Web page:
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February 6th, 2018, 10:02 PM   #1
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Please Check My Work Regarding Limit

The value of $\displaystyle \lim_{x\to\frac{1}{2}\pi}\frac{1-\sin x}{x-\frac{1}{2}\pi}$ is ....
a. -2
b. -1
c. 1
d. 0
e. 2

What I did:
$\displaystyle \lim_{x\to\frac{1}{2}\pi}\frac{1-\sin x}{x-\frac{1}{2}\pi}$
$\displaystyle =\lim_{x\to\frac{1}{2}\pi}\frac{\sin\frac{1}{2}\pi-\sin x}{x-\frac{1}{2}\pi}$
$\displaystyle =\lim_{x\to\frac{1}{2}\pi}\frac{2\cos\frac{\frac{1 }{2}\pi+x}{2}\sin\frac{\frac{1}{2}\pi-x}{2}}{-(\frac{1}{2}\pi-x)}$
$\displaystyle =\lim_{x\to\frac{1}{2}\pi}\frac{2\cos\frac{\frac{1 }{2}\pi+x}{2}\sin\frac{\frac{1}{2}\pi-x}{2}}{-(\frac{1}{2}\pi-x)}\cdot\frac{\frac{1}{2}}{\frac{1}{2}}$
$\displaystyle =\lim_{x\to\frac{1}{2}\pi}\frac{2\cos\frac{\frac{1 }{2}\pi+x}{2}\sin\frac{\frac{1}{2}\pi-x}{2}}{-2\frac{(\frac{1}{2}\pi-x)}{2}}$
$\displaystyle =\lim_{x\to\frac{1}{2}\pi}\frac{2\cos\frac{\frac{1 }{2}\pi+x}{2}}{-2}\cdot\frac{\sin\frac{\frac{1}{2}\pi-x}{2}}{\frac{(\frac{1}{2}\pi-x)}{2}}$
$\displaystyle =\lim_{x\to\frac{1}{2}\pi}(-\cos\frac{\frac{1}{2}\pi+x}{2})\cdot\frac{\sin \frac{\frac{1}{2}\pi-x}{2}}{\frac{(\frac{1}{2}\pi-x)}{2}}$
From then on is what got me hesitated. Does $\displaystyle \lim_{x\to\frac{1}{2}\pi}\frac{\sin\frac{\frac{1}{ 2}\pi-x}{2}}{\frac{(\frac{1}{2}\pi-x)}{2}}$ equal 1? Because as far as I recall, this kind of things can only work if x approaches 0, can't it? However, if I keep treating $\displaystyle \lim_{x\to\frac{1}{2}\pi}\frac{\sin\frac{\frac{1}{ 2}\pi-x}{2}}{\frac{(\frac{1}{2}\pi-x)}{2}}$ as 1, I got this:
$\displaystyle \lim_{x\to\frac{1}{2}\pi}(-\cos\frac{\frac{1}{2}\pi+x}{2})\cdot\frac{\sin \frac{\frac{1}{2}\pi-x}{2}}{\frac{(\frac{1}{2}\pi-x)}{2}}$
$\displaystyle =-\cos\frac{\frac{1}{2}\pi+\frac{1}{2}\pi}{2})\cdot1$
$\displaystyle =-\cos\frac{\pi}{2}=-0=0$
Please tell me how to solve it properly.

Last edited by skipjack; February 6th, 2018 at 10:52 PM.
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February 6th, 2018, 11:45 PM   #2
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It's correct.

$\displaystyle \begin{align*}\lim_{x\to\frac12\pi}\frac{1 - \sin x}{x - \frac12\pi} &= \lim_{x\to\frac12\pi}\frac{1 - \cos\left(x - \frac12\pi\right)}{x - \frac12\pi} \\
&= \lim_{x\to\frac12\pi}\frac{2\sin^2{\Large(}\frac{x \, - \frac12\pi}{2}{\Large)}}{x - \frac12\pi}\cdot\frac{\frac12}{\frac12} \\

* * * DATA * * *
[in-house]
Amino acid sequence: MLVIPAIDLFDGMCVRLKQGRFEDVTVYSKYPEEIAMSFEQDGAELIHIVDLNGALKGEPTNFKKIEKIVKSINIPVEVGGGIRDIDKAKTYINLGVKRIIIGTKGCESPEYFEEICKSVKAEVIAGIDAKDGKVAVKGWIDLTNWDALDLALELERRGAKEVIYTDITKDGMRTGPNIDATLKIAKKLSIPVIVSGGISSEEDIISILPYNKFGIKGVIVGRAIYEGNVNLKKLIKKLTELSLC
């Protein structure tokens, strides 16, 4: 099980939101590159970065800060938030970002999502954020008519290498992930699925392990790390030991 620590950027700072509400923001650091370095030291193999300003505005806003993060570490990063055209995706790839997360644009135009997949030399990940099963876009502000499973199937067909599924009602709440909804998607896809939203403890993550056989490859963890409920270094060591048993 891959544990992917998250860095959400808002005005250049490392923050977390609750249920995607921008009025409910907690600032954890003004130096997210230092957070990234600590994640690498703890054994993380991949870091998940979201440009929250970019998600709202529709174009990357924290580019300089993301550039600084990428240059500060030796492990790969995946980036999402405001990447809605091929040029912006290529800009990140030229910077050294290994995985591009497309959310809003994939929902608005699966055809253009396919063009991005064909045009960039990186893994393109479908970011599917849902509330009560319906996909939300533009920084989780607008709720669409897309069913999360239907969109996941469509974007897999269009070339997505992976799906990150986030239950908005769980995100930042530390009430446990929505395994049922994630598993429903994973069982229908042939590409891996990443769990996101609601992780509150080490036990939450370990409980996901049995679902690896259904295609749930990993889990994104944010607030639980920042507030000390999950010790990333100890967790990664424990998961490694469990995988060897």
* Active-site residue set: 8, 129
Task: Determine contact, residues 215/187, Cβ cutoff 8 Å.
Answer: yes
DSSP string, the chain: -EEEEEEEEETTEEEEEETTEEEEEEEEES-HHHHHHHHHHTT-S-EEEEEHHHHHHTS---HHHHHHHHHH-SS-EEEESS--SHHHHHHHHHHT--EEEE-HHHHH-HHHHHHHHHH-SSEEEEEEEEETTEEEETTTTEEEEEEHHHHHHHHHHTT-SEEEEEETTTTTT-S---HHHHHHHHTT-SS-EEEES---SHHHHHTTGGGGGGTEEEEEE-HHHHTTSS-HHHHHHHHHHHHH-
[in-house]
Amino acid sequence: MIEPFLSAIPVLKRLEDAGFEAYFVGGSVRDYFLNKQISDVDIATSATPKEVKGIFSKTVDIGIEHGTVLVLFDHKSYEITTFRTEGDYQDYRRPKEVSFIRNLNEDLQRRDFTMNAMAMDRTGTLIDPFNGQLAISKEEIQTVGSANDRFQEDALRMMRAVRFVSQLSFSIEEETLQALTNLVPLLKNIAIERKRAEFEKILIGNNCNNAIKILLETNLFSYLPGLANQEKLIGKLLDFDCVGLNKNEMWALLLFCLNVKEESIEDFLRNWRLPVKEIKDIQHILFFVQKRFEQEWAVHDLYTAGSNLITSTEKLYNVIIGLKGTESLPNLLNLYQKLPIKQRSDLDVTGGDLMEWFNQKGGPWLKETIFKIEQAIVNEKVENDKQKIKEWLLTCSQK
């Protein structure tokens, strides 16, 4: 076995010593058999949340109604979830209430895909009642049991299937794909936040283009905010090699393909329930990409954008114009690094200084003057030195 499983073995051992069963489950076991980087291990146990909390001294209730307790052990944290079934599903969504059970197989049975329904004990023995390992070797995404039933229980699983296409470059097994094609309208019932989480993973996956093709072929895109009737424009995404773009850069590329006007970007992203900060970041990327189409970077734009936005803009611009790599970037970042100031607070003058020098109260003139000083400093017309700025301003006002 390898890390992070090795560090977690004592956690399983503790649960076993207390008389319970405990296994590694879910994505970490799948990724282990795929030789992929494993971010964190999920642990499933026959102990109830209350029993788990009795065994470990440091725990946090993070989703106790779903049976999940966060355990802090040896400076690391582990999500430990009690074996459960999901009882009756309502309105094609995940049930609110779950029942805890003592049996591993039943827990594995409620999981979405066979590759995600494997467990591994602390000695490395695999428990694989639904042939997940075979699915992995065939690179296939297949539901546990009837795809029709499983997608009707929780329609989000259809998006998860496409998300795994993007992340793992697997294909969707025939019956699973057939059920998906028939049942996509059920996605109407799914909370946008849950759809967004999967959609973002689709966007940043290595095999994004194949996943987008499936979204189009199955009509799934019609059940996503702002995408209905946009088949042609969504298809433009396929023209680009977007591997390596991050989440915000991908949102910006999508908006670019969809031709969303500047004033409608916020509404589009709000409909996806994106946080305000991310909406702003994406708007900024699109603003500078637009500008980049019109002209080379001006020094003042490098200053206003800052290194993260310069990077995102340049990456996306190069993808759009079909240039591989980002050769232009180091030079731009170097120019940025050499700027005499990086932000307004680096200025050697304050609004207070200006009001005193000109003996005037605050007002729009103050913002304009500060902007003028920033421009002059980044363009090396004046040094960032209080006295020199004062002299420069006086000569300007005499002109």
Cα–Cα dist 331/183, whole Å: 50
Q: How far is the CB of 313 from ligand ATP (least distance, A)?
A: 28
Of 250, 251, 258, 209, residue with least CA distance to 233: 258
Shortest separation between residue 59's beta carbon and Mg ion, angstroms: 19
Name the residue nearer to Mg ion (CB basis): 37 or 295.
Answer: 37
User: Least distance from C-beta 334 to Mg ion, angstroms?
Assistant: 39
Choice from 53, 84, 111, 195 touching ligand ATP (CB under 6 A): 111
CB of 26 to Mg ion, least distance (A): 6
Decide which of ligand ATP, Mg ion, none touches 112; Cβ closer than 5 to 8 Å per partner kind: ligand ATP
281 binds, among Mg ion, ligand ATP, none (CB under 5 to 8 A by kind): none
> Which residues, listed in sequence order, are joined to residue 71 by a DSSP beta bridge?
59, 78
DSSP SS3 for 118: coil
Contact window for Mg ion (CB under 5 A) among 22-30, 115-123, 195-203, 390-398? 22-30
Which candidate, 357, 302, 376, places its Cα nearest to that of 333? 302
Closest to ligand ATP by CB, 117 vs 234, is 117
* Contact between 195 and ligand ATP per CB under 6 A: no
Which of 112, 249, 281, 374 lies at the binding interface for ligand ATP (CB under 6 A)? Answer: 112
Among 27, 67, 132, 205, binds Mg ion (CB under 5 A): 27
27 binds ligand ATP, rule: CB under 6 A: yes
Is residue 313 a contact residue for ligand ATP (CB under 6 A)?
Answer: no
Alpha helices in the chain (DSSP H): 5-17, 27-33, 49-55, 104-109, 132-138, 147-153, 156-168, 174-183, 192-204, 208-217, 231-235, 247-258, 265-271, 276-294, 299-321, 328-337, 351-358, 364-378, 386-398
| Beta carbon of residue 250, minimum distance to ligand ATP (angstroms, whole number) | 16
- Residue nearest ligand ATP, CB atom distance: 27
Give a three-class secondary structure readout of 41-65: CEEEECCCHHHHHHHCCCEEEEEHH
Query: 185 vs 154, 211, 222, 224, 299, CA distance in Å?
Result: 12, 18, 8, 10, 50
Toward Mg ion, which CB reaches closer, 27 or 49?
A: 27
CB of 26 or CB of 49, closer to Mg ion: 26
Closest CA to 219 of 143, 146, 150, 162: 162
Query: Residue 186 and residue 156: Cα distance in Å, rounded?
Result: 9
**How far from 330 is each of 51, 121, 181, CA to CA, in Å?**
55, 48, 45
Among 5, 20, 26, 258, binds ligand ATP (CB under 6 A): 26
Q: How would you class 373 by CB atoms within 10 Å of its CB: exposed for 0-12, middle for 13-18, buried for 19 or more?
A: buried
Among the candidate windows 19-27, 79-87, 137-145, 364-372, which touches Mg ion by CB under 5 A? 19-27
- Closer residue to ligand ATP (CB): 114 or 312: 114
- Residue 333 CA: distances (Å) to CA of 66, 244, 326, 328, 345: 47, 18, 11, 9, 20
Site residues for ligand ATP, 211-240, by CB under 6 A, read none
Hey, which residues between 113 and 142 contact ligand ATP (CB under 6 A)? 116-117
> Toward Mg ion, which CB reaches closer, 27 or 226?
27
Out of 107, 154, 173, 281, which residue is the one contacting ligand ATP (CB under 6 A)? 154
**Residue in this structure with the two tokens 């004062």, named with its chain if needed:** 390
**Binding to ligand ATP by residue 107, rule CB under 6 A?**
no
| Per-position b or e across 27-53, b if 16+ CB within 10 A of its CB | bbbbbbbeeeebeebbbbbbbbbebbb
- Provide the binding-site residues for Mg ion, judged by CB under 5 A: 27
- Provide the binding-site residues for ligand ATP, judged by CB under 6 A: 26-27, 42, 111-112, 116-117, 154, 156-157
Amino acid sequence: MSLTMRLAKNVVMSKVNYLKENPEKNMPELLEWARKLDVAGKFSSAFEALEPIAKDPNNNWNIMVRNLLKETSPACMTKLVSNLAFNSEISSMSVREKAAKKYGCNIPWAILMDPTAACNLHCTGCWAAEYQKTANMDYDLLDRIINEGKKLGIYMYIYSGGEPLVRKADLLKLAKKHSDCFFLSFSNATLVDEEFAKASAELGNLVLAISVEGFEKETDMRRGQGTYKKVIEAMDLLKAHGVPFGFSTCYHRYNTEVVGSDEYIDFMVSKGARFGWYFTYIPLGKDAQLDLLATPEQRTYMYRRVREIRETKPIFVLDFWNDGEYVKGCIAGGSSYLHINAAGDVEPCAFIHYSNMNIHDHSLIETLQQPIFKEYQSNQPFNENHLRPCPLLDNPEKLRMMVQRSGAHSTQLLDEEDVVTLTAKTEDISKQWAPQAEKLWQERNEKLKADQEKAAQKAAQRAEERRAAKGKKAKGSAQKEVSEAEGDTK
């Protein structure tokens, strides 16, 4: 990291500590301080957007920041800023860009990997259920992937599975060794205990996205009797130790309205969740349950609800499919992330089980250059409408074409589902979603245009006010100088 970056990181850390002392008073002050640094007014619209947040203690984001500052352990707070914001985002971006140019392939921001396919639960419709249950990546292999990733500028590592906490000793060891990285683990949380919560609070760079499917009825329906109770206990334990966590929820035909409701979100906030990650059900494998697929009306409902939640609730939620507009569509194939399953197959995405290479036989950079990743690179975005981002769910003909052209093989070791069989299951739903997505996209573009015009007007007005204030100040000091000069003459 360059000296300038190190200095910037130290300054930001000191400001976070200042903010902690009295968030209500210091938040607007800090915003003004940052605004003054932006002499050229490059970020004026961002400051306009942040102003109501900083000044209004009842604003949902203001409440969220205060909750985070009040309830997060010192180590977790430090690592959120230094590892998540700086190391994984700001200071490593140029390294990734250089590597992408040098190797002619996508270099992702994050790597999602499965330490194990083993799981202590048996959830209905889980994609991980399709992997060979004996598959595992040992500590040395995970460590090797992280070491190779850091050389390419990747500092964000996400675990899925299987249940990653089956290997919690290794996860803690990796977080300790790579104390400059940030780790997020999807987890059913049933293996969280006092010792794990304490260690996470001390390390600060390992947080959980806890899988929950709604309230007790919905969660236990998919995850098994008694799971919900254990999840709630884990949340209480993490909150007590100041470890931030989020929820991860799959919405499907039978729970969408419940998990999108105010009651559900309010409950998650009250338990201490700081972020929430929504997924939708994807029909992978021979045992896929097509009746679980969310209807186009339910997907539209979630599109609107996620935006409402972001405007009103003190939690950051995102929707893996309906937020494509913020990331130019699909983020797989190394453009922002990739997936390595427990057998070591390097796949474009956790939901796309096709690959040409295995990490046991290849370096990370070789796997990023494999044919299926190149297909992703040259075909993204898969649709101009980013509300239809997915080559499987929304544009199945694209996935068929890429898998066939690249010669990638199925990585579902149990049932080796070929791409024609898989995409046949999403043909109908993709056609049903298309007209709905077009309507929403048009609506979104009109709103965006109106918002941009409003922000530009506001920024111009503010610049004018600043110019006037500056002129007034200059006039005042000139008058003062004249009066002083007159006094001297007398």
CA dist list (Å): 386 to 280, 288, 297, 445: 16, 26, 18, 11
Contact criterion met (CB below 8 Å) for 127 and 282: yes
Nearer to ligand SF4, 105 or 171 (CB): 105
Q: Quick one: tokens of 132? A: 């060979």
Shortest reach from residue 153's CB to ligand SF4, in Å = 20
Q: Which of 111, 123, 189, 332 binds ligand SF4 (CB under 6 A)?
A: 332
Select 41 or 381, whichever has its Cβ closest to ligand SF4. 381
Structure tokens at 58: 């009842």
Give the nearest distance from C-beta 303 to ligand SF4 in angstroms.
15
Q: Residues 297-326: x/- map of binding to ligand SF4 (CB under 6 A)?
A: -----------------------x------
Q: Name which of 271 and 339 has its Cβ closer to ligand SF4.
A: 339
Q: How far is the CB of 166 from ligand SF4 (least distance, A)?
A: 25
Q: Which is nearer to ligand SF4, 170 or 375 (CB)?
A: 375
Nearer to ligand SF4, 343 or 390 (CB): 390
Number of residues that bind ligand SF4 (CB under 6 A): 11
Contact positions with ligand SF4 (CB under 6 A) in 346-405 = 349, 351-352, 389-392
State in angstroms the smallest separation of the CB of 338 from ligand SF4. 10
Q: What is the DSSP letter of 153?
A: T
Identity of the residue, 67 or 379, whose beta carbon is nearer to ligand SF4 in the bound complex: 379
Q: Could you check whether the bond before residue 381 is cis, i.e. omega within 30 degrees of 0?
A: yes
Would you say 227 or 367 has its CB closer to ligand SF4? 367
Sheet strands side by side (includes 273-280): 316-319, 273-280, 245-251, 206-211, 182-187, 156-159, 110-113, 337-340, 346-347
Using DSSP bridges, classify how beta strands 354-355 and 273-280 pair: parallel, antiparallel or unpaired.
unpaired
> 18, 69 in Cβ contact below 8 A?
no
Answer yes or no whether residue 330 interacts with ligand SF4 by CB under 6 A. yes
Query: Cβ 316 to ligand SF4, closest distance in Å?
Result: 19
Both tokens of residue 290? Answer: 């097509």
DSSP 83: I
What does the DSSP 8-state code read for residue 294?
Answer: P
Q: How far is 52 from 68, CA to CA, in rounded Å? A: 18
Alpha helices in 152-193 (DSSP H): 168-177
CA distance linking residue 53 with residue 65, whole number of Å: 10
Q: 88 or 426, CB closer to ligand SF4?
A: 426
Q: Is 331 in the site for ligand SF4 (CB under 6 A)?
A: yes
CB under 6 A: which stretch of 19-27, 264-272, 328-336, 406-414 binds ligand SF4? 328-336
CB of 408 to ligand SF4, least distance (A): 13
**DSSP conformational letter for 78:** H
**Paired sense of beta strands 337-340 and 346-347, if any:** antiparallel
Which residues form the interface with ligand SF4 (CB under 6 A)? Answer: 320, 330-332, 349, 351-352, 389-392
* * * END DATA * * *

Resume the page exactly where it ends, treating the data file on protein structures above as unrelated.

&= \lim_{x\to\frac12\pi}\sin{\huge(}\frac{x - \frac12\pi}{2}{\huge)}\cdot\frac{\sin{\Large(} \frac{x\, - \frac12\pi}{2}{\Large)}}{\frac{x\, - \frac12\pi}{2}} \\
&= 0(1) \\
&= 0 \text{ (choice d.)}\end{align*}$
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February 6th, 2018, 11:47 PM   #3
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So, the approximation of x doesn't have to be 0 to make it equals 1?
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February 6th, 2018, 11:49 PM   #4
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The fraction has to have the form sin(u)/u, where u tends to 0.

It's okay for u to be an expression.
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February 7th, 2018, 01:30 PM   #5
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Are you allowed to use L'hopital's rule? In that case the limit becomes a question of limit for -cos(x)/1, which =0.
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February 7th, 2018, 03:51 PM   #6
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Quote:
Originally Posted by skipjack View Post
The fraction has to have the form sin(u)/u, where u tends to 0.

It's okay for u to be an expression.
So it has nothing to do with whether x approaches 0 or not?

Quote:
Originally Posted by mathman View Post
Are you allowed to use L'hopital's rule? In that case the limit becomes a question of limit for -cos(x)/1, which =0.
No, because the chapter discussing about derivation will come right after this limit chapter.
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February 8th, 2018, 10:39 AM   #7
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Quote:
Originally Posted by Monox D. I-Fly View Post
So it has nothing to do with whether x approaches 0 or not?
In this example, what counts is that $x$ approaches $\pi/2$, as that implies that $\displaystyle \frac{x\, - \frac12\pi}{2}$ approaches zero.
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February 8th, 2018, 06:28 PM   #8
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Ah, I see. Thanks.
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